In a recent study by Italian supermarket chain Coop, more than 70 percent of Italians are willing to pay more for all-natural foods, 65 percent for “non-GM foods", 62 percent for organic foods, and 60 percent for foods without colorants. Two in three Italians regularly purchase typical food products linked to the places where they live.Italian purchases of gluten-free food rose by 50 percent in 2015, while organic food purchases were up 20 percent during the same year. This growth, which also includes higher demand for “non-GM" and locally produced foods, is due to an increased awareness and interest in well-being, physical fitness and health, as well as a rise in food allergies. However, after years of denial, most media and even anti-biotech groups now realize that most typical Italian Protected Designation of Origin (PDO) products come from animals fed with GE soybean meal and many processed food items may contain ingredients derived from GE products.

ANIMAL BIOTECHNOLOGY

PRODUCTION AND TRADE

a) PRODUCT DEVELOPMENT:In Italy, there are no GE animals under development likely to be on the market in the coming year or in the next five years. Genetic engineering in Italy is focused on genomic selection to improve animal breeding and is primarily used for medical or pharmaceutical applications. There is one genetic research center, Avantea Ltd., located in Cremona (CR) that works on animal cloning for experimental and research purposes only.

b) COMMERCIAL PRODUCTION: Genetically engineered animals and clones are not being developed at this time in Italy for commercial purposes. Italy is not actively employing the use of genetically engineered animals or products derived from genetically engineered animals or clones.

c) EXPORTS:It is unknown whether products from offspring of cloned animals are being exported.

d) IMPORTS: It is unknown whether genetic material produced with modern biotechnology techniques is being imported. It is also unknown whether products from offspring of cloned animals are being imported.

e) TRADE BARRIERS: N/A

PART E: POLICY

a) REGULATORY FRAMEWORK: Italy implemented EU Regulation No. 2003/1829 on genetically modified food and feed in April 2004. On January 26, 2012, EFSA published its “Guidance on the risk assessment of food and feed from genetically modified animals and on animal health and welfare aspects." This document provides guidance for the risk assessment of food and feed containing, consisting of, or produced from GE animals, as well as for the health and welfare assessment of these animals, within the framework of EU Regulation No. 2003/1829 on GE food and feed. The outcome of the public consultation on the draft Scientific Opinion for this guidance was published February 2012. On May 23, 2013, EFSA published its “Guidance for the Environmental Risk Assessment (ERA) of Living GE Animals to be Placed on the EU Market." EFSA has set up a webpage to keep track of the progress of the work on GE animals, as well as providing the relevant documents.

b) INNOVATIVE BIOTECHNOLOGIES: In Italy, there is one genetic research center, Avantea Ltd., located in Cremona (CR) that works on animal cloning for experimental purposes only. Avantea also performs genome editing in pigs for biomedical research.

c) LABELING AND TRACEABILITY:Italy implemented EU Regulations No. 2003/1829 on genetically modified food and feed and No. 2003/1830 concerning the traceability and labeling of genetically modified organisms and the traceability of food and feed products produced from genetically modified organisms in April 2004. Food and feed products containing GE organisms must be labeled as such. The words “genetically modified" or “produced from genetically modified (name of the organism)" must be clearly visible on the labeling of these products. Only traces of GEs may be exempt from this obligation if they do not exceed the threshold of 0.9 percent and their presence is adventitious and technically unavoidable.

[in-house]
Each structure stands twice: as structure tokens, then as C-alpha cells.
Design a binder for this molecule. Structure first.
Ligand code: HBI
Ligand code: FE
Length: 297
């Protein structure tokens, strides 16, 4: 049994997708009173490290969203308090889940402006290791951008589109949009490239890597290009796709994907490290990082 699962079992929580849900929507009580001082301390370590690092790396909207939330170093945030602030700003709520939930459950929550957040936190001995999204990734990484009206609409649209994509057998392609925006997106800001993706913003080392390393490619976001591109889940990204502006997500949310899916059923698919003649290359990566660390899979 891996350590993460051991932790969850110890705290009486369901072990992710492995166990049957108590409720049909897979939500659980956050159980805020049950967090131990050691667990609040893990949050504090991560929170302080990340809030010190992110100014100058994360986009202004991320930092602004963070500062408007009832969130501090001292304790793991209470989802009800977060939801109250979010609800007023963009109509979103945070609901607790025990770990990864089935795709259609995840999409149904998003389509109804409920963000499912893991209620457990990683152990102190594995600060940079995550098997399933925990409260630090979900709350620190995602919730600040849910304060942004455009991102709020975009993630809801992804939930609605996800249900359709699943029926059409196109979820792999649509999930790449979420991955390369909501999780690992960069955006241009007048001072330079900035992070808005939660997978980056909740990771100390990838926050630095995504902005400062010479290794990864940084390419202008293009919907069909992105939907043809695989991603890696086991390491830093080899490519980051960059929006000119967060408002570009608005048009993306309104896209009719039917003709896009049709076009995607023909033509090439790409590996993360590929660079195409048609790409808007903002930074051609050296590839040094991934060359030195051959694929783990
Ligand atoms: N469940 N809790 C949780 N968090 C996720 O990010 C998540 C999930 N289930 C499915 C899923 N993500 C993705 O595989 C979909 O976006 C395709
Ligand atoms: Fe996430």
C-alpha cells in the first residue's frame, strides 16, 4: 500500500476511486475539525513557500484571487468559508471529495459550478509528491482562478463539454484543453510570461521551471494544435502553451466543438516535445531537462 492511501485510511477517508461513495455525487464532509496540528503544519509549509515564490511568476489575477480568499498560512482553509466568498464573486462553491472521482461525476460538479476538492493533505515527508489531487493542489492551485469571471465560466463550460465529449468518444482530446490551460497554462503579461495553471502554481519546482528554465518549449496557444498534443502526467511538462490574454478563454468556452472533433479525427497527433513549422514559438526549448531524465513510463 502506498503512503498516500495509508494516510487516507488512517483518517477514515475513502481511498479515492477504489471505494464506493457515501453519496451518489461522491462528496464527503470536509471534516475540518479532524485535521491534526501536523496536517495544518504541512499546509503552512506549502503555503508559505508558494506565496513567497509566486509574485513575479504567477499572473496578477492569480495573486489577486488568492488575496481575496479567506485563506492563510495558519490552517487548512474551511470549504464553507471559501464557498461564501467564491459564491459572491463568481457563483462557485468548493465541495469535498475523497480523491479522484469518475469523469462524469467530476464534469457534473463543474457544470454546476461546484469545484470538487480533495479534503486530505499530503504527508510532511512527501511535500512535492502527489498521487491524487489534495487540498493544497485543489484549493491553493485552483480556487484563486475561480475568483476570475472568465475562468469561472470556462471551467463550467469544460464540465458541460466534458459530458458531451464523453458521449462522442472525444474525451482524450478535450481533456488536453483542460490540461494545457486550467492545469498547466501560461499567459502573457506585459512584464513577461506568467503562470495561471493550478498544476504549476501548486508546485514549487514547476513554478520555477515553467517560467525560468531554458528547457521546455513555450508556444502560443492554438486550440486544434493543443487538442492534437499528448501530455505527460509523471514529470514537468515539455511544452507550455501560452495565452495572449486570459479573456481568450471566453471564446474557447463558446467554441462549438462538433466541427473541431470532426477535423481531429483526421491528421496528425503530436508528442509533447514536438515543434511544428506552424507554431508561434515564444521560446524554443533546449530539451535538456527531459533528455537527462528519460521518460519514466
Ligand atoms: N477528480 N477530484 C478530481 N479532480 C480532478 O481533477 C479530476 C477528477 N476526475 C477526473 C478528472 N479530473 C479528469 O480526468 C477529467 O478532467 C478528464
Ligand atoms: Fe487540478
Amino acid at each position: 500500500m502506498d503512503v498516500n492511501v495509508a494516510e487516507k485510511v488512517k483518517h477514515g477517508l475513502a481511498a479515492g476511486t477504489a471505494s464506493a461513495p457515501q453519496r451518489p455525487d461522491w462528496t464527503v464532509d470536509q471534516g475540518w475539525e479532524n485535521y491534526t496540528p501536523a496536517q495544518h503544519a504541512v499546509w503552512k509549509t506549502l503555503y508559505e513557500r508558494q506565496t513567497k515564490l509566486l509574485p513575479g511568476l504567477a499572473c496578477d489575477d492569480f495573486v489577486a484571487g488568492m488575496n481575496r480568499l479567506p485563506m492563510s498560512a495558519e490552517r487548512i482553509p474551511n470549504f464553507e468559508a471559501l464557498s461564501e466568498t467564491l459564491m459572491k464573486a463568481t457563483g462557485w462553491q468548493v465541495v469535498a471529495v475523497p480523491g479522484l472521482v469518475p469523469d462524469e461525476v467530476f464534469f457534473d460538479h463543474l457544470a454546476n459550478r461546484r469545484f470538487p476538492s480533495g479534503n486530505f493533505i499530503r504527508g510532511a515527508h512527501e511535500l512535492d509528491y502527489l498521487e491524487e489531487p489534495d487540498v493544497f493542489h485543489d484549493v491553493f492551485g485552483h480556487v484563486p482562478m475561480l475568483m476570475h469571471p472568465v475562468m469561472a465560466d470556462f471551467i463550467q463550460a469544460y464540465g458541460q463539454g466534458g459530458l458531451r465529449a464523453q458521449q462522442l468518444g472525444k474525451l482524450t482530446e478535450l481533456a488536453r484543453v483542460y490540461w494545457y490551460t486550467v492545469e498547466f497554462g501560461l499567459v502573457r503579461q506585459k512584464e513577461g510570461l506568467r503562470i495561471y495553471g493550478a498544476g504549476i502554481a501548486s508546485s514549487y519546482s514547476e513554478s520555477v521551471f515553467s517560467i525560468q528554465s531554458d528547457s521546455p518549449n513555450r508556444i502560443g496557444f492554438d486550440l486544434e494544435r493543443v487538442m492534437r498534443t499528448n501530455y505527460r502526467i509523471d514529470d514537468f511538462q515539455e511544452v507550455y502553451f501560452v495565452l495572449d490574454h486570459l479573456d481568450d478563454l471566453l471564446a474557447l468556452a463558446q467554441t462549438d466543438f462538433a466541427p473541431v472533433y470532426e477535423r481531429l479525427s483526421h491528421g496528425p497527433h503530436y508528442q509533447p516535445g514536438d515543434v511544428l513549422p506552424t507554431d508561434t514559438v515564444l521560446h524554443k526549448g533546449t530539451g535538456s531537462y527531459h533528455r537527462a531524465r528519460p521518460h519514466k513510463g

d) INTELLECTUAL PROPERTY RIGHTS (IPR): Italy implemented EU Directive No. 98/44/EC on the legal protection of biotechnological inventions through Law Decree No. 2006/3. As stated in Art. 3, “inventions that concern plants or animals shall be patentable if the technical feasibility of the invention is not confined to a particular plant or animal variety." Art. 4 considers unpatentable “processes for modifying the genetic identity of animals which are likely to cause them suffering without any substantial medical benefit to man or animal, and also animals resulting from such processes."

e) INTERNATIONAL TREATIES/FORA: The Italian Government ratified the Cartagena Protocol on Biosafety to the United Nations' Convention on Biological Diversity (CBP) through Law No. 2004/27.

The Ministry of Environment, Land, and Sea manages the Italian Biosafety Clearing House (BCH), an information-sharing platform for all those involved in the assessment and management of the risk associated with Living Modified Organisms (any living organism that possesses a novel combination of genetic material obtained through the use of modern biotechnology). Italy is a member of the Codex Alimentarius Commission (CAC) since 1966. In 2008, the CAC developed the “Guideline for the Conduct for Food Safety Assessment of Foods Derived from Recombinant-DNA Animals." The Secretariat of the Codex Alimentarius Commission is located at FAO headquarters in Rome. Italy is also a member of the World Organization for Animal Health (OIE).

f) RELATED ISSUES: N/A

MARKETING

a) PUBLIC/PRIVATE OPINIONS: Currently, in Italy, there is no active debate on cloning or GE animals.

b) MARKET ACCEPTANCE/STUDIES: In Italy, animal biotechnology is currently a non-issue and is expected to remain as such, as long as genetic engineering is focused on animals for medical and pharmaceutical purposes to treat diseases. We are unaware of any market studies relating to marketing animal biotechnology products in Italy.